Preventing bloodshed is the first thing on the board's mind. It is three years since the shooting rampage at Virginia Tech that took the lives of 32 students and staff and just under two weeks since Amy Bishop, a professor at the University of Alabama, allegedly shot six of her colleagues, killing three of them.And what they have in mind is banning legally held and owned guns on campus. Because if they do that, then surely these massacres will stop, right?
Yet there has been such a push-back against the plan that the board may defer a decision today to await further public comment. The proposed change in the rules has reignited emotions about the place of guns in American culture. It is a debate that gets snarled in the conflicting logic of gun ownership rights and the simple notion that bullets and blackboards don't mix.No, they don't. We can clearly see that. But I can't see how stripping people of the opportunity to defend themselves is going to help with that, frankly.
In December, the students' governing body voted overwhelmingly to resist the gun ban.And they were backed up in that by...the law of the land:
And the local sheriff said he would never jail a student for breaking the ban because state and federal law comes before campus law.Which didn't go down too well in the halls of academe, where professors and pencilpushers aren't used to being told they aren't more important than everything else..
Whenever a change in the rules is discussed, national groups rush in with their agendas.Or, to put it another way, people like to have their say on issues, without simply rolling over and assuming the great and the good know what's best for them...
On Friday, the Colorado board of governors received a petition from Students for Concealed Carry on Campus (SCCC), a group that says young scholars stand a better chance of surviving the kind of rampage that occurred in Virginia if – as it were – they pack a pistol in their pencil case.Might as well try it. Leaving people defenceless in the path of a manic shooter hasn't exactly worked out so well, has it?
"You know, there's a saying: 'When seconds count, the police are only minutes away.' If there was a concealed-carry permit holder nearby, it's possible that a couple lives might've been saved," Tim Campbell, a Fort Collins student and SCCC member, told a local TV channel.
On the other side of the argument is Gun Free Kids, an organisation that began a "Keep Guns off Campus" campaign two years ago in response to the Virginia slaughter. It deploys research from law enforcement groups that suggests that there is no correlation between gun-toting citizens and lowered rates of violence. The group also says that there are few places where guns should be less welcome than on campuses. "With binge-drinking, drug use and the pressures that college students are under, we just think introducing guns into that environment, it's the wrong thing to do," said campaign director Andy Pelosi.There are already people 'introducing guns into that environment', Andy. As the t-shirt slogan correctly points out, more signs isn't going to stop them.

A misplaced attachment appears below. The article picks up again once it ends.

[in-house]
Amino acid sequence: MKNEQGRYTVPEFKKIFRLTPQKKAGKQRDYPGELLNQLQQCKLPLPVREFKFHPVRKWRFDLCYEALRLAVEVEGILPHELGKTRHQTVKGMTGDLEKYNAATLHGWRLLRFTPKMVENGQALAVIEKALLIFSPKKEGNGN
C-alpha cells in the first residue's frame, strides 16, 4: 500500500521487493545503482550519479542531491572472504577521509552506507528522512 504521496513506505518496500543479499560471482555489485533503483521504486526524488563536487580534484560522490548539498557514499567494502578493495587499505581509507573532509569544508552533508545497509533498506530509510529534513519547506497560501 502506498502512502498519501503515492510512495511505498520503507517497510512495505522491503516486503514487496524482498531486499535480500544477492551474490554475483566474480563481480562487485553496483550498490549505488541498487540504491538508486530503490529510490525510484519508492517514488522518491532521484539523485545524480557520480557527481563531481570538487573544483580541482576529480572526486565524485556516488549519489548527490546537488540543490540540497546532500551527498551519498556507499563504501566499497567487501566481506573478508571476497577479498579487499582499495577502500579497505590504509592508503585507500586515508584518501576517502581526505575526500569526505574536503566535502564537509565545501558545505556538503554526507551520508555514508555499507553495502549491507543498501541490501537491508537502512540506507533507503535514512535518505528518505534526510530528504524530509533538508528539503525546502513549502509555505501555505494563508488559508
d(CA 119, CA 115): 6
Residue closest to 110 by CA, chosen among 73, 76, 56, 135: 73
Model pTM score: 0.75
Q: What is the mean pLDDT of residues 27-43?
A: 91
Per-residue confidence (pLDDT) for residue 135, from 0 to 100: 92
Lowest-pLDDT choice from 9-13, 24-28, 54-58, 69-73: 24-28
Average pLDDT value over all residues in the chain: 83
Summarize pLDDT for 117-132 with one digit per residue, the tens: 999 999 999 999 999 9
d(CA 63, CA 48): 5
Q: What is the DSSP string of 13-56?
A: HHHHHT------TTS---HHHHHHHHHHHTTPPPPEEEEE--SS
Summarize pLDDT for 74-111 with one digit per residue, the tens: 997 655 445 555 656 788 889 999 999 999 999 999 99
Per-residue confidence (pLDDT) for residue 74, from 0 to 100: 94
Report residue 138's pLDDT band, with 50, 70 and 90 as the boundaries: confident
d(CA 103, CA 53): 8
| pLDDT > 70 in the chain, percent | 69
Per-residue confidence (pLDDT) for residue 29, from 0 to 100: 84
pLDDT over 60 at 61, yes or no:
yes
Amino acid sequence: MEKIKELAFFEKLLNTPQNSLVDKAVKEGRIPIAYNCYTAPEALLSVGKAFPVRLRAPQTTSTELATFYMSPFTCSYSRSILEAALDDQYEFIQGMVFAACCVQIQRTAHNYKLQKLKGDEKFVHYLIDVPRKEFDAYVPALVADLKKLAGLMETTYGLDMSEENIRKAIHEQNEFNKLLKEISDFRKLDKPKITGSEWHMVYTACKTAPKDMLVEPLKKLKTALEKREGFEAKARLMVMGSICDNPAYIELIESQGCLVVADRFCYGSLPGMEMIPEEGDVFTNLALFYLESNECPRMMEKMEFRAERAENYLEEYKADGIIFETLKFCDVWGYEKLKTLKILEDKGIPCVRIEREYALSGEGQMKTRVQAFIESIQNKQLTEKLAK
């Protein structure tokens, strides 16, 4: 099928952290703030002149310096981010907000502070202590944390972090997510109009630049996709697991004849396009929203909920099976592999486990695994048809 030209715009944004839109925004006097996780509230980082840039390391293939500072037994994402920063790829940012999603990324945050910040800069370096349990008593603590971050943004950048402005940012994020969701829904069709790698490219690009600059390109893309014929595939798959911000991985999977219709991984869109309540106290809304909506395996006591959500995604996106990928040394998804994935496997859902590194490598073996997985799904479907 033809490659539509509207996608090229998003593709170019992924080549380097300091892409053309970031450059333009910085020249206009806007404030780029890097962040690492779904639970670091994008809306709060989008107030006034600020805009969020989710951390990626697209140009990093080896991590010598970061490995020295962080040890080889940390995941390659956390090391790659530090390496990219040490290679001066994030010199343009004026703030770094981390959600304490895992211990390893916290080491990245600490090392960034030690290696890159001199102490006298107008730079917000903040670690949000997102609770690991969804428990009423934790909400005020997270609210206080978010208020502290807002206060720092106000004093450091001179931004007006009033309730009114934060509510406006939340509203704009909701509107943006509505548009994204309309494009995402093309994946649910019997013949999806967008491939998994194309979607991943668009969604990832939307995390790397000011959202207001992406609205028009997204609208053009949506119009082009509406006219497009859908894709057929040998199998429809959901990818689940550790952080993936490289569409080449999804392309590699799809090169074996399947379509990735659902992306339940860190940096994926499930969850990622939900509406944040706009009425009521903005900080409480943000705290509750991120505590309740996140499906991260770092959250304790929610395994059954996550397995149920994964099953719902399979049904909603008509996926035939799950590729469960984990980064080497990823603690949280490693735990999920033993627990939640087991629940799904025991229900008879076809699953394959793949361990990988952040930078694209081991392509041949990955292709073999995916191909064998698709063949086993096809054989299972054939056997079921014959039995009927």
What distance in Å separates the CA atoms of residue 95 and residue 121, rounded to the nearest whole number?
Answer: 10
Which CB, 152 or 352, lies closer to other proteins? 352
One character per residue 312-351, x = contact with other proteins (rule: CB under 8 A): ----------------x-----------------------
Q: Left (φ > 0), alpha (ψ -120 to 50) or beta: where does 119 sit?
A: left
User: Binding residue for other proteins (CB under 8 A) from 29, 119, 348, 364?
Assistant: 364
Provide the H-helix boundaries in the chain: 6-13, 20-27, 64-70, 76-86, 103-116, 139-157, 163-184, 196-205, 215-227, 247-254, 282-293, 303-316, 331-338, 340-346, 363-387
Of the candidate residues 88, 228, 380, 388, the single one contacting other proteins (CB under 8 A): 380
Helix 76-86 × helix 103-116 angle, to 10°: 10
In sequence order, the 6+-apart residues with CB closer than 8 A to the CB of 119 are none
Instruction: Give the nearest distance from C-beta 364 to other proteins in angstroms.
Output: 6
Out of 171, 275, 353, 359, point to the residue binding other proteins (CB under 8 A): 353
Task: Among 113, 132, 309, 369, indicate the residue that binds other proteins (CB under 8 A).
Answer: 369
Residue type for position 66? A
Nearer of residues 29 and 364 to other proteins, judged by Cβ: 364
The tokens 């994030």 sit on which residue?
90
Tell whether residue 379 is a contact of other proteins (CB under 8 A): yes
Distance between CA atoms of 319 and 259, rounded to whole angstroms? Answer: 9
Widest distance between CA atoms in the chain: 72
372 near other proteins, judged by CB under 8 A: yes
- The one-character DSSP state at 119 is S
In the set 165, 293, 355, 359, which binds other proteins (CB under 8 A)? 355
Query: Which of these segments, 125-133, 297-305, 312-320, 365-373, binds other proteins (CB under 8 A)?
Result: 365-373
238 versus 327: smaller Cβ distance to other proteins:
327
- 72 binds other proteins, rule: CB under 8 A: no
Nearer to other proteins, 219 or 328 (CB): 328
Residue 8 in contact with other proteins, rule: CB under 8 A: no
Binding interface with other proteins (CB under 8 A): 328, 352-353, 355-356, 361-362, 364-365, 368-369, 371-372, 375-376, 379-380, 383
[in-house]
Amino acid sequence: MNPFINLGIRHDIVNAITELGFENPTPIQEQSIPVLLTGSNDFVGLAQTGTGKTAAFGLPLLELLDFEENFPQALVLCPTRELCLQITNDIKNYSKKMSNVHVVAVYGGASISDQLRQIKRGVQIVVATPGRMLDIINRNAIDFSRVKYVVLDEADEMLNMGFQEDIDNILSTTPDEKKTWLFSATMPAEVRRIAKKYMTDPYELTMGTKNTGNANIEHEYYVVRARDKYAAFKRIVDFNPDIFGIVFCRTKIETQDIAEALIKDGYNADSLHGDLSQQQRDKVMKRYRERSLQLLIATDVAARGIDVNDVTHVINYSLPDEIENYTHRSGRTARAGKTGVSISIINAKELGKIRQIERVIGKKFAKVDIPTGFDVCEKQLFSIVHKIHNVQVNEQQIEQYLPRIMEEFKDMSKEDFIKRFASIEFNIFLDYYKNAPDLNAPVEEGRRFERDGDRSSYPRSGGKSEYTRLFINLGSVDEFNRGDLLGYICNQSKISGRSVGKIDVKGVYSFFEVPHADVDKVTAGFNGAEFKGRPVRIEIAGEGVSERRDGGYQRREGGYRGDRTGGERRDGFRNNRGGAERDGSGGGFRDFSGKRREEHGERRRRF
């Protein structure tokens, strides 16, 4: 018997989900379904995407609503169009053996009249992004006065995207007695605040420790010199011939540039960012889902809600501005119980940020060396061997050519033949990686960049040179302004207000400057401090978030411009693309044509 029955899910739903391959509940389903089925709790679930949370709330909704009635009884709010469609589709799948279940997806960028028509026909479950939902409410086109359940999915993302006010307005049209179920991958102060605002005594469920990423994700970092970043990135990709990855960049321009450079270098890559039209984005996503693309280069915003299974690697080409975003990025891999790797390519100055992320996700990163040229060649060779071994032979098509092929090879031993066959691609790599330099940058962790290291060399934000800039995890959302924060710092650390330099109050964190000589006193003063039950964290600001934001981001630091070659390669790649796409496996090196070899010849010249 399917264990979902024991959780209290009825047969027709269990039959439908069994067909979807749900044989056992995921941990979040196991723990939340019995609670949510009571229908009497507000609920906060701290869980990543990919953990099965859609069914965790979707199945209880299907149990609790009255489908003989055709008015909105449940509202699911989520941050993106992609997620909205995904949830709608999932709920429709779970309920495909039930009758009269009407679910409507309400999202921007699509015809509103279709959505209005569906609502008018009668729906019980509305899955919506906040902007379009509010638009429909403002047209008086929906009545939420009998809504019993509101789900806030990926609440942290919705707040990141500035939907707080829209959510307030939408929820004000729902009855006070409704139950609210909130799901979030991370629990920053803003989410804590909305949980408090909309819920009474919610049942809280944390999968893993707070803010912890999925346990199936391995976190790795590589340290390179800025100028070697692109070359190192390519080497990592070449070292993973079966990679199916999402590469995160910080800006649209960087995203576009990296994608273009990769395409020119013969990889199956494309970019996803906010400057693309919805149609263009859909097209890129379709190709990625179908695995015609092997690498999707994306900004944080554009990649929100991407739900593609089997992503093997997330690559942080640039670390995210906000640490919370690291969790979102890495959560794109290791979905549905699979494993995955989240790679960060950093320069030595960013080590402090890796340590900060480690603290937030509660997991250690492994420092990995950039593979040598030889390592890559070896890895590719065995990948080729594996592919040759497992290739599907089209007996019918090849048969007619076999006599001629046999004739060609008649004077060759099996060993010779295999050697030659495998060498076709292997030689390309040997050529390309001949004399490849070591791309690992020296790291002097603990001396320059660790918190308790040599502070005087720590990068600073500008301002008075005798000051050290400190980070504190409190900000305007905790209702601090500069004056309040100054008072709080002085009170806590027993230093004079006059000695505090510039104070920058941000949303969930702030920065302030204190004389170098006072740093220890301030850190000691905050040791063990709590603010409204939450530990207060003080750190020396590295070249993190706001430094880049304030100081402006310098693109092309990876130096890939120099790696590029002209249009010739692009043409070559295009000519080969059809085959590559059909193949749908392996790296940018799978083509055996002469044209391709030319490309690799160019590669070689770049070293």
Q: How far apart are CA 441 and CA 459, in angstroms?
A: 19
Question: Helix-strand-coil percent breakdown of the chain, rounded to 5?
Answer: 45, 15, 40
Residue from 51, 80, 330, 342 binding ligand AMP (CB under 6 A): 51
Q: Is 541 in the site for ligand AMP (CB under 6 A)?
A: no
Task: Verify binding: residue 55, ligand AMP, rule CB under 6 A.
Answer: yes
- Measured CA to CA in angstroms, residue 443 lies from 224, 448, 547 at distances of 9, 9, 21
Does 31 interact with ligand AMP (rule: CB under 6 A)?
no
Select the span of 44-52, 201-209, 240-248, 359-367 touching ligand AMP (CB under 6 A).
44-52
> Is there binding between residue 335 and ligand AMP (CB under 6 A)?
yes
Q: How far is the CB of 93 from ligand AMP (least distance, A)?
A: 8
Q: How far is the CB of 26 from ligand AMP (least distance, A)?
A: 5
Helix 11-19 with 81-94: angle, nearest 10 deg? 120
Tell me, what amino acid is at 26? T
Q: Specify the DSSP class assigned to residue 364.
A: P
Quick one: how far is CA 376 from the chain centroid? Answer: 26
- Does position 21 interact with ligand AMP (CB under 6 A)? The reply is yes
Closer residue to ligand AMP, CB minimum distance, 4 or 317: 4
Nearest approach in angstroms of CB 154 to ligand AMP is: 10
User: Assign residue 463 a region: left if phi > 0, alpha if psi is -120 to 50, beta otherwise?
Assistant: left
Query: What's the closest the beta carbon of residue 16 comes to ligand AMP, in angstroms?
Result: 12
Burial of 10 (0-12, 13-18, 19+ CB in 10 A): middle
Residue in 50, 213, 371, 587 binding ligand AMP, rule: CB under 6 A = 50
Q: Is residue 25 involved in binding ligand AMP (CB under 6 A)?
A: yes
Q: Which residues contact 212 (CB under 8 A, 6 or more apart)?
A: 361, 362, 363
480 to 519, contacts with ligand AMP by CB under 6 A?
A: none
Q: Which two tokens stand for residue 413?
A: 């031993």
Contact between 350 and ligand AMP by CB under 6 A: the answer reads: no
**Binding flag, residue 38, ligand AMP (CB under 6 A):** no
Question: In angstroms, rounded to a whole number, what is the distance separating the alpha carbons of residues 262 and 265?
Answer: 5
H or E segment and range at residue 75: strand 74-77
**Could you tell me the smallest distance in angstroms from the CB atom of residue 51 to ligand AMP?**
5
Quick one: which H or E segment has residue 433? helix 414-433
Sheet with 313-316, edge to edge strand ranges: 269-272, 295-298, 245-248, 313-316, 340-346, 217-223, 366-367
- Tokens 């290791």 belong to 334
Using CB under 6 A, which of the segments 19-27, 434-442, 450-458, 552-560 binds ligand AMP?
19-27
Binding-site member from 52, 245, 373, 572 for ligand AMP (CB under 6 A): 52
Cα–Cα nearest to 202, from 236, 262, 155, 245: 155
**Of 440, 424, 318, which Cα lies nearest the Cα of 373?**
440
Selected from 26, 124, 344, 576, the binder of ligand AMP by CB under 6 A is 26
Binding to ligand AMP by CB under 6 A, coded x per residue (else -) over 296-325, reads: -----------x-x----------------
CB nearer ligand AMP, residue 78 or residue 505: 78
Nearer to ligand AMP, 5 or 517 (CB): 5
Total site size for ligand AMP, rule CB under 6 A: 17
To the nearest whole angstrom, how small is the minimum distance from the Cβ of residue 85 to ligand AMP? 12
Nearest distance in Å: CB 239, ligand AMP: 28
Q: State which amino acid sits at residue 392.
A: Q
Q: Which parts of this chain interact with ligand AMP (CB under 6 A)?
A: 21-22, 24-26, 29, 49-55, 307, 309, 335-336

...Brad Bohlander, a spokesman for the Fort Collins campus, said that they would merely be falling into line with restrictions in force in the vast majority of American universities.So, how's it gone so far for those other universities?
"It really came down to two general issues, number one: best practices, just looking at what other universities are doing, and very, very few outside of the state of Utah allow concealed weapons on campus," he said recently. "The second is risk management, and it really comes down to this university is responsible for managing risk on this campus of the students."
Yeah. That's what I thought.
Seriously, this is the best they can think of? Do what everyone else does, even though it hasn't resolved things?
I thought universities were supposed to be places of learning. Doesn't sound like there's a whole lot of that going on.